It is a problem that everybody is familiar with; the increasing levels of carbon dioxide present in the atmosphere as a direct consequence of the industrial activity of humanity are contributing to climate change. New carbon capture technologies are therefore big business and big politics, with enormous quantities of time, money and rhetoric devoted to the subject the world over. There is an expectation that scientists will somehow save the human population from itself, preferably quickly, safely, cheaply and without the general populace having to radically alter their lifestyles.
Whilst I’m not necessarily saying they’ve found the answer, Sun and co-workers have certainly hit on an idea that merits further exploration with their study of solid boron as a new candidate for carbon dioxide capture. Their calculations predict that the amphoteric nature of certain boron allotropes means that they will spontaneously form strong Lewis acid-base interactions with multiple carbon dioxide molecules per individual boron structure.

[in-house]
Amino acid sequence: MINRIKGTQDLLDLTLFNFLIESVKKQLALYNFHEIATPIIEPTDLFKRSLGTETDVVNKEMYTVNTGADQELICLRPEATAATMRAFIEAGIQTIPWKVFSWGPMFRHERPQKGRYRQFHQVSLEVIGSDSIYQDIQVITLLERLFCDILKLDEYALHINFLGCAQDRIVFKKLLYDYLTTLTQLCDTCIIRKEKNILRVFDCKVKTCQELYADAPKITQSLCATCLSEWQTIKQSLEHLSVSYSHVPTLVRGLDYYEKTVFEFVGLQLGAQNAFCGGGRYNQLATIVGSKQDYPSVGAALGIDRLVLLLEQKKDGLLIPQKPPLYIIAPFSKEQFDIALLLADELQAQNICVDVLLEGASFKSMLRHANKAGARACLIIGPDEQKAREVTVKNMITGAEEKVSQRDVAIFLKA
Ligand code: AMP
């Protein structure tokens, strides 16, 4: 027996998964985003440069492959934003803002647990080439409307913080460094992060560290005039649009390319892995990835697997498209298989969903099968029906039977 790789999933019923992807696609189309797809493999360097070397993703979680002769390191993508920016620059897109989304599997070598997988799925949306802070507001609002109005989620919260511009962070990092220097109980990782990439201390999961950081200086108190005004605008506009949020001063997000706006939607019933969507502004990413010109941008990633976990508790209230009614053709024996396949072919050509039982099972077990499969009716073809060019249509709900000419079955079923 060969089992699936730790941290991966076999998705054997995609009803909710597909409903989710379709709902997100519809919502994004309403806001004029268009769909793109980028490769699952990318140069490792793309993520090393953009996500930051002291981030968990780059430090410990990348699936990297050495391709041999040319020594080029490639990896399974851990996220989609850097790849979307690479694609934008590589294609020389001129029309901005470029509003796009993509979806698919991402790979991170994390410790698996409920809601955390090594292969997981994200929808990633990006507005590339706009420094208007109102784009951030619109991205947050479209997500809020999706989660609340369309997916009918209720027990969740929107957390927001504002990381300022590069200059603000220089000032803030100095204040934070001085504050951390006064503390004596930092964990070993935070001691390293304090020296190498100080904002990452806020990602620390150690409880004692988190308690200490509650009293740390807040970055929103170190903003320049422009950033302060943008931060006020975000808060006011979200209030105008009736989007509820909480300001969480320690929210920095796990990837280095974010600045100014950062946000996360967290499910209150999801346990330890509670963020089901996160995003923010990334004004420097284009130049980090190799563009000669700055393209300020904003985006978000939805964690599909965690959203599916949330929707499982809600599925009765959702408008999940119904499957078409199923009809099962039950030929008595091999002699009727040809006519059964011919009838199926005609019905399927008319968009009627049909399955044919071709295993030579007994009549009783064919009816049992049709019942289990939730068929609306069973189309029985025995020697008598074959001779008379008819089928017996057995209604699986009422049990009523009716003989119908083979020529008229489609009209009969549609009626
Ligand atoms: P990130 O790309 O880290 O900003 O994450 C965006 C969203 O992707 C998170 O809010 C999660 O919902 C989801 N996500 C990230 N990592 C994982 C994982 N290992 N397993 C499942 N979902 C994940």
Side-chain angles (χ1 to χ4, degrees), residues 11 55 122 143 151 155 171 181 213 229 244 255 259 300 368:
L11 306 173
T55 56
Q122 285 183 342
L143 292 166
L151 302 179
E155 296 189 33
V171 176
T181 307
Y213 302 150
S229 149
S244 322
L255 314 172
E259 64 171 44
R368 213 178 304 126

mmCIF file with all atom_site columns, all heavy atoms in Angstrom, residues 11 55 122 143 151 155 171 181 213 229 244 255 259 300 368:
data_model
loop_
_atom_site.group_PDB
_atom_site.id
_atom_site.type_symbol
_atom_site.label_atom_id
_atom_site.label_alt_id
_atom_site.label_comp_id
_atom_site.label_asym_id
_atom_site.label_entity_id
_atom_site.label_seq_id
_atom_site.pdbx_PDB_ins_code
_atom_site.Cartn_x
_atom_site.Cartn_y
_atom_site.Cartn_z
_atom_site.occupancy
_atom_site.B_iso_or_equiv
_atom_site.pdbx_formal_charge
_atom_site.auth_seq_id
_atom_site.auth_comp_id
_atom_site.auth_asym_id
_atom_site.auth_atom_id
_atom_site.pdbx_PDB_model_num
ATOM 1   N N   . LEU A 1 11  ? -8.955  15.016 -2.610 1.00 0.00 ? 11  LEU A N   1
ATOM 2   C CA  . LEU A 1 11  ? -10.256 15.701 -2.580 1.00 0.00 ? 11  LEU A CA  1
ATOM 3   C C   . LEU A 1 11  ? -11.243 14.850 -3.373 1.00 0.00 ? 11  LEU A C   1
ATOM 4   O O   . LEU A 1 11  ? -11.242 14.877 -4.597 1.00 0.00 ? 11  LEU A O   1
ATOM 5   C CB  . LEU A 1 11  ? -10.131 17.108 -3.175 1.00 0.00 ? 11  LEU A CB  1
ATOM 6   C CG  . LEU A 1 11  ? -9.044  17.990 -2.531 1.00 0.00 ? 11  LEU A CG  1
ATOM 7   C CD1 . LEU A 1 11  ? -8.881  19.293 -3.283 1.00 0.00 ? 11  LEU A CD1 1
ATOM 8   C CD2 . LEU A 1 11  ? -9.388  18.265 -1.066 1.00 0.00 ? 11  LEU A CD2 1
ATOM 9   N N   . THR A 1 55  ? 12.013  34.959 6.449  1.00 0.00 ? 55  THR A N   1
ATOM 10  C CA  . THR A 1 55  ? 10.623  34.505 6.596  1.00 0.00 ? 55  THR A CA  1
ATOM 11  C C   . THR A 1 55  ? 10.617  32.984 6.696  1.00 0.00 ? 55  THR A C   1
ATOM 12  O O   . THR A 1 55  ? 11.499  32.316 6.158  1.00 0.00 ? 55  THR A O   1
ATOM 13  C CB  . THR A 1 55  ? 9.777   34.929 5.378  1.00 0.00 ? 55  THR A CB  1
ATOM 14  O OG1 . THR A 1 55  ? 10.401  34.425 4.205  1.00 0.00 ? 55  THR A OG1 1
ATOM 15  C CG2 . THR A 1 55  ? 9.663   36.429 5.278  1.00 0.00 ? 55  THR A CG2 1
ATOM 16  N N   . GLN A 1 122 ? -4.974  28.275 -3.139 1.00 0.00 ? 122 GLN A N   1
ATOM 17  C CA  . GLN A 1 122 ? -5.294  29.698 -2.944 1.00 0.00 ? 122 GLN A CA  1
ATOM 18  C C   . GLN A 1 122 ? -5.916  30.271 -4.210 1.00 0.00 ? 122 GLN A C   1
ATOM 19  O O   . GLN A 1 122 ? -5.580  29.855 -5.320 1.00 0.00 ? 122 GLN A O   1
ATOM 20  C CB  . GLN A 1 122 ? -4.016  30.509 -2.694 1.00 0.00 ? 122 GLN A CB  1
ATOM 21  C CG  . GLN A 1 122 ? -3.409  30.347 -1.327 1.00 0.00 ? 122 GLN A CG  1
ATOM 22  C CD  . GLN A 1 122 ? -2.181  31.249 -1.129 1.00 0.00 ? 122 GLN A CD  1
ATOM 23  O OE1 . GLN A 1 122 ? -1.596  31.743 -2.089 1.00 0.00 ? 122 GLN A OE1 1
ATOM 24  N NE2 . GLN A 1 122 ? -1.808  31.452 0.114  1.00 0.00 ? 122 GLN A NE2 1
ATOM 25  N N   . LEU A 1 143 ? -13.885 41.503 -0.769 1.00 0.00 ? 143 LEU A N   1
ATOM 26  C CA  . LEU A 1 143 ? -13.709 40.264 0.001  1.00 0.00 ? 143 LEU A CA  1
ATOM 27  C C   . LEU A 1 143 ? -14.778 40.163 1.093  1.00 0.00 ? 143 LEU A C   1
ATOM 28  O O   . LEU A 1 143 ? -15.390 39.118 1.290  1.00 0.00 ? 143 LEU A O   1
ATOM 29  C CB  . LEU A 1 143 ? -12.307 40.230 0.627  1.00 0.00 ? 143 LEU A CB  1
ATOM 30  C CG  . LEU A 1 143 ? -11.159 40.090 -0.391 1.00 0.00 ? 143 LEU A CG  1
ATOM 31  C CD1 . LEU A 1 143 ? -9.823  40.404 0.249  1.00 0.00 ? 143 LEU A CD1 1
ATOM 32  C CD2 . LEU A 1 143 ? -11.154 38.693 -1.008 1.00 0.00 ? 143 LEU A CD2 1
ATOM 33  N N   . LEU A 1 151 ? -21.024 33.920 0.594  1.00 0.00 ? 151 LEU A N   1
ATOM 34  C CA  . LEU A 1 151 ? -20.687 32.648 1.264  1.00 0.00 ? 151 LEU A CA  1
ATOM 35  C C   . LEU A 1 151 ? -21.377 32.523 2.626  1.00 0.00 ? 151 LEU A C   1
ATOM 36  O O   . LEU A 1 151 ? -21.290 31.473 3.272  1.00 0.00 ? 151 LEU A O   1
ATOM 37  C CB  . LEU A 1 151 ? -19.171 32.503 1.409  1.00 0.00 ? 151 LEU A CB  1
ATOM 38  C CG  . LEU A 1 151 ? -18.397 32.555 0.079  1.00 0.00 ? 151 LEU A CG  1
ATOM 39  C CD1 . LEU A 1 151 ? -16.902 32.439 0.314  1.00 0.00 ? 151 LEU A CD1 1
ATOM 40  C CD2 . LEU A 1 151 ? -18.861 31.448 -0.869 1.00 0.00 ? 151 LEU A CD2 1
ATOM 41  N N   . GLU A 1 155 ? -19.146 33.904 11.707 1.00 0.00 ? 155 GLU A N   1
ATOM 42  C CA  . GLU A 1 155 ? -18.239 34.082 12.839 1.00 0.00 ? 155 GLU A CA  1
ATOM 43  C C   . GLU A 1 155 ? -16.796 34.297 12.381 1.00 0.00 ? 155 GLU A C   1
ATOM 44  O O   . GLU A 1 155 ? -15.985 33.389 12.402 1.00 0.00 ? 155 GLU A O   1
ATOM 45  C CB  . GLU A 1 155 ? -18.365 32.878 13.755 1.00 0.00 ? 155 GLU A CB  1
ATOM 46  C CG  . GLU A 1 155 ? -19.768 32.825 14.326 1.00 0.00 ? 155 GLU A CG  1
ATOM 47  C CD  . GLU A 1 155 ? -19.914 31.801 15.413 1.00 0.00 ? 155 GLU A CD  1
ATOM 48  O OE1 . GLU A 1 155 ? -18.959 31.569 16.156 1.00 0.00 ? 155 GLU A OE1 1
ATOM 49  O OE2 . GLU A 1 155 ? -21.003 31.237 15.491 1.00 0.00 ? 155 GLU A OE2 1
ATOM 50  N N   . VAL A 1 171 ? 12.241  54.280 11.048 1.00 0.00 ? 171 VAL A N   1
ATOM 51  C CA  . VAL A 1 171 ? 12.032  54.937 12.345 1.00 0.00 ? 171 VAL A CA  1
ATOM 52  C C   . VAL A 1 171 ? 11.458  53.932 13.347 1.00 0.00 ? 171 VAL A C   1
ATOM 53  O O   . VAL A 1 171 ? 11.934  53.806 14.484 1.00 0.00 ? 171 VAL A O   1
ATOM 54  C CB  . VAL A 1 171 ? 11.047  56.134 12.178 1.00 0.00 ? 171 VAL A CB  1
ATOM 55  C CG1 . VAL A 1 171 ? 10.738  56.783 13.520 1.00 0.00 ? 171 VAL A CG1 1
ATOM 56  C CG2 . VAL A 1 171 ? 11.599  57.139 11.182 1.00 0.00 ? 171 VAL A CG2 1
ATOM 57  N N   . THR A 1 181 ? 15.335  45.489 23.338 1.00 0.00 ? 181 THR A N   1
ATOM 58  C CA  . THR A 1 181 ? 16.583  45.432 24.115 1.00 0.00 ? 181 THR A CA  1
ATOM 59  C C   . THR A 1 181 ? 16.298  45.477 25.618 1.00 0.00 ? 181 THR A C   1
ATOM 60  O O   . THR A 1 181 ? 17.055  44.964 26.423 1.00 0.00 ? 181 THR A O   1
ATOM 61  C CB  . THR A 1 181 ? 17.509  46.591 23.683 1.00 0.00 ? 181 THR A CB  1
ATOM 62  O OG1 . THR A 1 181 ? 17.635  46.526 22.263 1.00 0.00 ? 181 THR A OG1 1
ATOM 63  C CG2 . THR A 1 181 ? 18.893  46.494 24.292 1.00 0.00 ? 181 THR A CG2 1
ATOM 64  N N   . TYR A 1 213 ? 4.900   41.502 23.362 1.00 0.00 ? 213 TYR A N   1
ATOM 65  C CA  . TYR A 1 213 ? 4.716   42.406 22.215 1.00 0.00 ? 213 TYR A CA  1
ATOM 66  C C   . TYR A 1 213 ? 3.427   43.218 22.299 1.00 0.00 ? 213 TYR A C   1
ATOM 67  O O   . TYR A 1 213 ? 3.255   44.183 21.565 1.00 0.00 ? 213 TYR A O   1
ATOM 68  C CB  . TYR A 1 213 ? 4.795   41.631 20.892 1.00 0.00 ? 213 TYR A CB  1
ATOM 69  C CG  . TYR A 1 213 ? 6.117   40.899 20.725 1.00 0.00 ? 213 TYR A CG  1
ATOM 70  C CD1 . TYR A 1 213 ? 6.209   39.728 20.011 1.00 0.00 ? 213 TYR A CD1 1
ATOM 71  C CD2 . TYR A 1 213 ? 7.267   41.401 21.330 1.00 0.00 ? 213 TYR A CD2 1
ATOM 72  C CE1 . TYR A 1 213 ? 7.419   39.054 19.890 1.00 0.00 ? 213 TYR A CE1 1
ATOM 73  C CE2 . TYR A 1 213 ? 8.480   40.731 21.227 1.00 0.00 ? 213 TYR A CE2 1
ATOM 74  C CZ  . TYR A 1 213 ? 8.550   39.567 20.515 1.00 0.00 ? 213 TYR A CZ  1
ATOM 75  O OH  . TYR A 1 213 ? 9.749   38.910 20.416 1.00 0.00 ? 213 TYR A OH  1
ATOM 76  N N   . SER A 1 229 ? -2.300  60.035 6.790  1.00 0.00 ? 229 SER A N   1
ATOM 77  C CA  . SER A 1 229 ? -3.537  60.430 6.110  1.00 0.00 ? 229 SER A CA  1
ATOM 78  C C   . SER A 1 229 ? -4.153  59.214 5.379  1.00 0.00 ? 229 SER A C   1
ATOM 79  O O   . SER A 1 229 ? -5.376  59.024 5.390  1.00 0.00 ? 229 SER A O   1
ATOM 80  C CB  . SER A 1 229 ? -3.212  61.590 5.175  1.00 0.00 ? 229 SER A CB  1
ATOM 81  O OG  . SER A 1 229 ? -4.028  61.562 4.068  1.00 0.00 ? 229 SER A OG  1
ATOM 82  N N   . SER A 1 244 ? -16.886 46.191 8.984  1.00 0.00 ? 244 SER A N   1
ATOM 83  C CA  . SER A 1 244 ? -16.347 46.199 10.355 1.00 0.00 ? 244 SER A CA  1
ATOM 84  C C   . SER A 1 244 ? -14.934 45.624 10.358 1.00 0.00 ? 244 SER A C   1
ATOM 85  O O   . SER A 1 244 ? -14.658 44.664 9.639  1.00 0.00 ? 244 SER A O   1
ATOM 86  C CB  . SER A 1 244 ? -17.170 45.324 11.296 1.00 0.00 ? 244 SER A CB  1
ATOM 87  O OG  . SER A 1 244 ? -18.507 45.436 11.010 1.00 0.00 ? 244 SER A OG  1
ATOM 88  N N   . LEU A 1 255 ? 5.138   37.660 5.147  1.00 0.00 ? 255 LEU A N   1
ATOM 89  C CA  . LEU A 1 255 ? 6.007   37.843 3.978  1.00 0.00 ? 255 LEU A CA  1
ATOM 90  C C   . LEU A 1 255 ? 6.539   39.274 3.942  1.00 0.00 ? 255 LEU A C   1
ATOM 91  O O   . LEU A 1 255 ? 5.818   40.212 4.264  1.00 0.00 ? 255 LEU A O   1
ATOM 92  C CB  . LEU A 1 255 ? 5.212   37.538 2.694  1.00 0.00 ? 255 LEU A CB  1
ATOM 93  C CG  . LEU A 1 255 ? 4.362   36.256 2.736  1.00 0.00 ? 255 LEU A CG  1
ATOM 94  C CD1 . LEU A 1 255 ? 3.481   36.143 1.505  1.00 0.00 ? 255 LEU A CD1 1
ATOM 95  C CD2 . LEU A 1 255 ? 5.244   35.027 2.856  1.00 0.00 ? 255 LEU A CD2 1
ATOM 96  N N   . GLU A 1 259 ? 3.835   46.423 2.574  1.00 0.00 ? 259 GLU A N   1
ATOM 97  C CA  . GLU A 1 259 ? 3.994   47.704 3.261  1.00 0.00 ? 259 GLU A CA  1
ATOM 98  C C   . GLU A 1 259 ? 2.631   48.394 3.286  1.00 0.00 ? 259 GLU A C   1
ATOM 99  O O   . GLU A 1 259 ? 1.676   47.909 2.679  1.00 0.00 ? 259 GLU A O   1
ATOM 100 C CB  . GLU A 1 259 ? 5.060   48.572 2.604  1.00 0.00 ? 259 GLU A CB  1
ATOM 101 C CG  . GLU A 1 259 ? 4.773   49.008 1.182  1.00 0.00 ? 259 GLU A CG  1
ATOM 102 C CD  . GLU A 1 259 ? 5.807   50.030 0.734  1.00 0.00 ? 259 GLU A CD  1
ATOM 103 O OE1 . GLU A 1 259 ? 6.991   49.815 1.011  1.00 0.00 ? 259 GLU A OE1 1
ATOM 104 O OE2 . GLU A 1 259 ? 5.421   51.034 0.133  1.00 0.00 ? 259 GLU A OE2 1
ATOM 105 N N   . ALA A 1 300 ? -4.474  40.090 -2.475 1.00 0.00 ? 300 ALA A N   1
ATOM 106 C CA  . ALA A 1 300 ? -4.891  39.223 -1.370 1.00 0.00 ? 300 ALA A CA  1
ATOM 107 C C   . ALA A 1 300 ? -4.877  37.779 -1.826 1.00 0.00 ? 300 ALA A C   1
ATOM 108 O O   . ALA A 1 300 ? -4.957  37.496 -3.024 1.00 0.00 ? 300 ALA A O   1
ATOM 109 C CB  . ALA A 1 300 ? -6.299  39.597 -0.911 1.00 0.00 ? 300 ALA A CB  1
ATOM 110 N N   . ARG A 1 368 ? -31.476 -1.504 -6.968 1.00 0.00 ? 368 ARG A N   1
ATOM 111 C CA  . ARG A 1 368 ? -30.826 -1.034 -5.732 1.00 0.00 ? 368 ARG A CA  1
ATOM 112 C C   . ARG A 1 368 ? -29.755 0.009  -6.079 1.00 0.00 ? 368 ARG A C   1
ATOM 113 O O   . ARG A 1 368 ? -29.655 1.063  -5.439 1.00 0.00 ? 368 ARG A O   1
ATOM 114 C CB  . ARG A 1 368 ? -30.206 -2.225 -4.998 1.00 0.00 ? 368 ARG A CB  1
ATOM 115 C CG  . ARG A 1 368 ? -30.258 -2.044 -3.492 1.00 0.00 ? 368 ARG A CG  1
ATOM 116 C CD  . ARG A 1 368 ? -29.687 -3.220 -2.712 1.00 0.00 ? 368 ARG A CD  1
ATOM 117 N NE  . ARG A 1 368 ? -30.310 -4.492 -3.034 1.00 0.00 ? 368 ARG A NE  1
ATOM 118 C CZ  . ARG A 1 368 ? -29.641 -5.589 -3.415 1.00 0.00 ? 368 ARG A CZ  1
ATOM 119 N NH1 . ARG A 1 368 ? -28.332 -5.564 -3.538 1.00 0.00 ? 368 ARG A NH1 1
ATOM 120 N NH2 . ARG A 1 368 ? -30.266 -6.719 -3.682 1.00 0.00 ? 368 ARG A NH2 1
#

I’m sure that there are plenty of researchers out there who could experimentally verify the predictions of this computational study (which the authors state was motivated by the desire for somebody to do just that) and develop their findings to the potential benefit of the entire planet.
The only question, surely, is who will get there first?
By Victoria Parkes
Are you up for the challenge? Read the full details of this PCCP article now:
A computational study of carbon dioxide adsorption on solid boron
Qiao Sun, Meng Wang, Zhen Li, Aijun Du and Debra J Searles
If you enjoyed this, you may also be interested in our Faraday Discussion on Carbon Dioxide Utilisation which will take place in Sheffield in 2015 – find out more on the website.